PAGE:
Time Lapse

In less than a month, I’ll be 26. Closer to 30 than to 20. An adult with a job, grocery lists that include things like cat litter and spanikopita, bills to pay and a family that lives farther away than I ever thought possible. There are days when I wish I could curl up in my mother’s arms again and have her rock me to sleep. And I know there are days she wishes she could do the same.

On my recent trip home, my mom and I reenacted a photo taken of us shortly after she gave birth to me. We were sitting on the front steps of our house. It’s the same house my parents live in today. I love everything about these pictures. There’s a different car in the driveway now (my mom’s Big Fat Cow), a different tint in each photo, and different hair cuts (or in my case, hair where there once was none). A wonderland of flowers now frame the house where once there were just fledgling blooms. My mom was an inexperienced mother then, nervous no doubt. Now, she is an expert, an advisor, a co-pilot, a friend — she’s even a mother to nature (as evidenced below).

On my last day home, this fawn showed up in our backyard one morning. I’m sure the squirrels and birds and skunks and raccoons that my parents have been feeding for many years spread the word throughout the neighborhood that generous people live in the yellow house.

She lay in those leaves all day long, standing up occasionally on jello legs to munch on ferns. The mama deer came back for her baby later that afternoon. My mom pulled into the driveway after dropping me off at the airport to find them both standing there and watched as they trotted off together. I guess that’s what all good mothers have in common. They take wobbly legs and teach them how to sprint.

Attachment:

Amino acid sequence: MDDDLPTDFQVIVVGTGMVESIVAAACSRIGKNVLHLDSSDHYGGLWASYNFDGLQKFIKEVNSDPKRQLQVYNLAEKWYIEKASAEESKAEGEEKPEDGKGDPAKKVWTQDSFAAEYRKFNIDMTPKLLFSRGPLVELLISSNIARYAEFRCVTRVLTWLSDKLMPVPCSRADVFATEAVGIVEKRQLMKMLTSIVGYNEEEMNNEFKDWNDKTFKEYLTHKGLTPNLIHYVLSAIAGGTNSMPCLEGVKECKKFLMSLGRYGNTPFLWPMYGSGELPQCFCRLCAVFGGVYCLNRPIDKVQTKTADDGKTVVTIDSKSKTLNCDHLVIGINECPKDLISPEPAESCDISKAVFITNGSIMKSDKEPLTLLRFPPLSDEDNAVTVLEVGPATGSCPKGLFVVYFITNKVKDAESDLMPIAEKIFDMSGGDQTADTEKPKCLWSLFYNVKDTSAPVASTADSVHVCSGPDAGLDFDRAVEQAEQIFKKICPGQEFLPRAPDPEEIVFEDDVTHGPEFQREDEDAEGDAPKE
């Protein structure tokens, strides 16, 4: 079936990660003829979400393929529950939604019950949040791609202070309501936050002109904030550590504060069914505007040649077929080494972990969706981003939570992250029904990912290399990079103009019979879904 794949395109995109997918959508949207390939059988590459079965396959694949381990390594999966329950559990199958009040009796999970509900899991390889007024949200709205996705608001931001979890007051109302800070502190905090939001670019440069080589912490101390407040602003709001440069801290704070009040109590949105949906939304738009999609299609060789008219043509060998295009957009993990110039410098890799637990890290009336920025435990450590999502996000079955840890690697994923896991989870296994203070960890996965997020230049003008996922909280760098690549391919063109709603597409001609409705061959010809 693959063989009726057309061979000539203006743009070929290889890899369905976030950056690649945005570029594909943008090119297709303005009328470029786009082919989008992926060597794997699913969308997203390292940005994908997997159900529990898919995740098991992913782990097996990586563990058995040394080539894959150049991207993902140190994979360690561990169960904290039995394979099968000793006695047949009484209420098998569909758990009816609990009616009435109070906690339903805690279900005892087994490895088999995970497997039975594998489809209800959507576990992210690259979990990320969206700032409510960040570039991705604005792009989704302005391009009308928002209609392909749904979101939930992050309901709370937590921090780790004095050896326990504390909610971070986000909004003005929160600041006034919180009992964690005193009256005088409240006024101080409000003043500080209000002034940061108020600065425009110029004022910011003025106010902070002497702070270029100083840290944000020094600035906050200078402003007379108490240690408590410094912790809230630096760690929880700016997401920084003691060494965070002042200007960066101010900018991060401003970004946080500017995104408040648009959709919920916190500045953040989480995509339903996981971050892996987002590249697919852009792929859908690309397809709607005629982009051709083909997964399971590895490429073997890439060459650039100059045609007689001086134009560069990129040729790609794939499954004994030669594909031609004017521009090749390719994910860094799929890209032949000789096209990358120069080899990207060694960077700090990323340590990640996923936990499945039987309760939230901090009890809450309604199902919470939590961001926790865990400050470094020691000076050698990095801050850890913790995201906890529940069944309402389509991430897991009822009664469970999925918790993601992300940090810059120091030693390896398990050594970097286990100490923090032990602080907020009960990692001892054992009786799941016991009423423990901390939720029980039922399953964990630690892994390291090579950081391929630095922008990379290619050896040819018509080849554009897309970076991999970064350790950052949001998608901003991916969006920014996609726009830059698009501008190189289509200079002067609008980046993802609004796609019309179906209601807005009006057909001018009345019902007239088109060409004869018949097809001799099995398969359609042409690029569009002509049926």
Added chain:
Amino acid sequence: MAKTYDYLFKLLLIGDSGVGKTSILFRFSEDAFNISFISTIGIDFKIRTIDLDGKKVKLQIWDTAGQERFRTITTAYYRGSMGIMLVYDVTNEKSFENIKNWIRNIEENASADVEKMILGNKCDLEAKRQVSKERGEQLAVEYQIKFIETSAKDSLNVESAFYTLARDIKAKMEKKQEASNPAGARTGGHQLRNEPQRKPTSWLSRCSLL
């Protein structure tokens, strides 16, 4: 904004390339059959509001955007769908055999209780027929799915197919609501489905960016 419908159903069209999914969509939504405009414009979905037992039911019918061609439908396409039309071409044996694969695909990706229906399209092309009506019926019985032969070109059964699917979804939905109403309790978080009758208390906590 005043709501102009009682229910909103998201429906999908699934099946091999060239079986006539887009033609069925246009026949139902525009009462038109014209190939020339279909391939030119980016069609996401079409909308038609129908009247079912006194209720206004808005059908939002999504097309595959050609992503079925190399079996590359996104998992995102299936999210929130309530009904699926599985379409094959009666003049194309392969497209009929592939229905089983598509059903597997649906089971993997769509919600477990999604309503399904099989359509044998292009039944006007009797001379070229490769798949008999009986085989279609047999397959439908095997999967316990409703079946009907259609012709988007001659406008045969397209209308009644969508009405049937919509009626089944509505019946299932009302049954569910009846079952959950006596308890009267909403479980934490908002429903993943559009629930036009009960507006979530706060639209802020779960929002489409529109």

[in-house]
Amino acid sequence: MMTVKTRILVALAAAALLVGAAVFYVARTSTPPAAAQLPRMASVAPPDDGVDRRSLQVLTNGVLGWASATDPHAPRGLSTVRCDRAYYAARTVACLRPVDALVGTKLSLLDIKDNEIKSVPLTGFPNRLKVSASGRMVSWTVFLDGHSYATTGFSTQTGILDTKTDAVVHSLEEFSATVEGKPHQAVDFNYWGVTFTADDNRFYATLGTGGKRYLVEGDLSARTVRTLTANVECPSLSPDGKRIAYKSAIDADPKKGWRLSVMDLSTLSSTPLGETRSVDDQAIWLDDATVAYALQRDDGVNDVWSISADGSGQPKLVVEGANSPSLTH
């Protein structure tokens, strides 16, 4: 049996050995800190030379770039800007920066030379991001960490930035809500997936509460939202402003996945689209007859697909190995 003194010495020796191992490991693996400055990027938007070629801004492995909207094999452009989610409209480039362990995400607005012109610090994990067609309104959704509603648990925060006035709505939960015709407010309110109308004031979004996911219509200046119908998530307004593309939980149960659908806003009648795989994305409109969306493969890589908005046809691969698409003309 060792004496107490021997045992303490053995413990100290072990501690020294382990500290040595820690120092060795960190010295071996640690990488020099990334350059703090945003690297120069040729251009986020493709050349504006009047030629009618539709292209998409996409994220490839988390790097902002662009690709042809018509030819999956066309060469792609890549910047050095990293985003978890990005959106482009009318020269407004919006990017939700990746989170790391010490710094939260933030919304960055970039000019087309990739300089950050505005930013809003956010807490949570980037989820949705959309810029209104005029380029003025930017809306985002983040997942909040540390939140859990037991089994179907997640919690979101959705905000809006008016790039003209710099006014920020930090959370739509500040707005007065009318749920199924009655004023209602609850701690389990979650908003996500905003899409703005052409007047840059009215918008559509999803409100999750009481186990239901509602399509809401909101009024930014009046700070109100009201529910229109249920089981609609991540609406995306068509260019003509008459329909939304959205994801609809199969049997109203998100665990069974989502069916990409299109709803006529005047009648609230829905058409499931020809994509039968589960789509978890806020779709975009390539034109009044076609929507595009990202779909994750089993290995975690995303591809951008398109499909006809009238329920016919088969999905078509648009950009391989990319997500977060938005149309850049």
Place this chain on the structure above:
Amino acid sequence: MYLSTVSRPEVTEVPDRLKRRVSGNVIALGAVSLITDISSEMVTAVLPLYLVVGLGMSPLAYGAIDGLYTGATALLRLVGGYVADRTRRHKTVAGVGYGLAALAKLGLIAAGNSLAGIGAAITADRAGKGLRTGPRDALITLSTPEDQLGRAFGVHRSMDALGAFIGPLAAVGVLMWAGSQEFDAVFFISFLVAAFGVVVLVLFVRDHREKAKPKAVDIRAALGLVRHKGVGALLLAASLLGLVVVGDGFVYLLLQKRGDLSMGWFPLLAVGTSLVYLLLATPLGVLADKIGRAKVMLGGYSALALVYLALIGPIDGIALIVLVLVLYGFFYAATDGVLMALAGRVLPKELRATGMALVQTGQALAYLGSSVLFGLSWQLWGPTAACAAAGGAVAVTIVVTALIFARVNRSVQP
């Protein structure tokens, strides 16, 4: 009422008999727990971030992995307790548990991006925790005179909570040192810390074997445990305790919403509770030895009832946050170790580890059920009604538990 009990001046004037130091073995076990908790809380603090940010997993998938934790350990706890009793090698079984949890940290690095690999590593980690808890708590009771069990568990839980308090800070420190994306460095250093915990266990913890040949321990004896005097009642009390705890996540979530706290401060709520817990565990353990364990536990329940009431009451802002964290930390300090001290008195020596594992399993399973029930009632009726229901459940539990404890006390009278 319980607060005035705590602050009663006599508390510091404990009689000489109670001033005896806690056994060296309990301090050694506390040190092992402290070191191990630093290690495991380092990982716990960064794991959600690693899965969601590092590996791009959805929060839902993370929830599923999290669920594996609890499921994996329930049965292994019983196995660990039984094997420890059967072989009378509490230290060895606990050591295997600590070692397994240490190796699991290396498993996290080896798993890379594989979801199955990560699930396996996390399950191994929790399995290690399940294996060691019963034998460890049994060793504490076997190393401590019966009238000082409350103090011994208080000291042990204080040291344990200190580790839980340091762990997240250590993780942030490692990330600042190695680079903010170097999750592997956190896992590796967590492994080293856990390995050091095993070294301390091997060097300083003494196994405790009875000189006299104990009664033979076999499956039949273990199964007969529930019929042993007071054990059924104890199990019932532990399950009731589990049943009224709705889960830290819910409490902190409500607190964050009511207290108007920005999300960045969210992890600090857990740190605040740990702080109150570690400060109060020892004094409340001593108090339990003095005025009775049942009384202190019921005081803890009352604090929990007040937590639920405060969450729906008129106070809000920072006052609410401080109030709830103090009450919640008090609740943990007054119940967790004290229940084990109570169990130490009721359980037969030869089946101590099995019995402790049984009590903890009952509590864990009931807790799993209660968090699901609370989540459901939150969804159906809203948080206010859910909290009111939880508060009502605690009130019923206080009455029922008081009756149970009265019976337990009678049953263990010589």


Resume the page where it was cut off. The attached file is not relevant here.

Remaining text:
I Heart Cleveland

Oh my stars. It’s been exciting few weeks round these parts. The computer is back, so that means I can get back to blogging. I have a lot to tell you, but I can’t cover a month in one post, so you’ll have to be patient. For now, resist the urge to react with shock and horror at the title of this post. I’m about to shoot your preconceived notions right out of the flammable water.

Before all the computer drama, I went home for a long overdue summer visit. Typically, my visits to Cleveland are limited to once a year during the Christmas season. Snow, ice, seasonal affective disorder, the kind of cold that penetrates your bones… Enticing, isn’t it?

But Cleveland in the summer is a whole different city. First, it’s a respite from Texas in the summer. Texas sucks all the joy from my favorite season with one hot breath. Second, my amazing family lives in C-town, and my parents’ backyard is like the forest in Snow White and the Seven Dwarfs – animals flock here from far and wide.

I won’t be able to successfully document my trip in one post, so I’m going to do multiple posts (at least two) with photos documenting the reasons Cleveland is actually a really cool place, full of art and culture and nature. The weather may not be ideal all year round, but it’s good to know a part of my heart is still here, rediscovered on a run along my favorite jogging trail. Mistake on the lake? Maybe in some ways. But no city is perfect. And nobody is gonna talk trash ‘bout my city.

Parade the Circle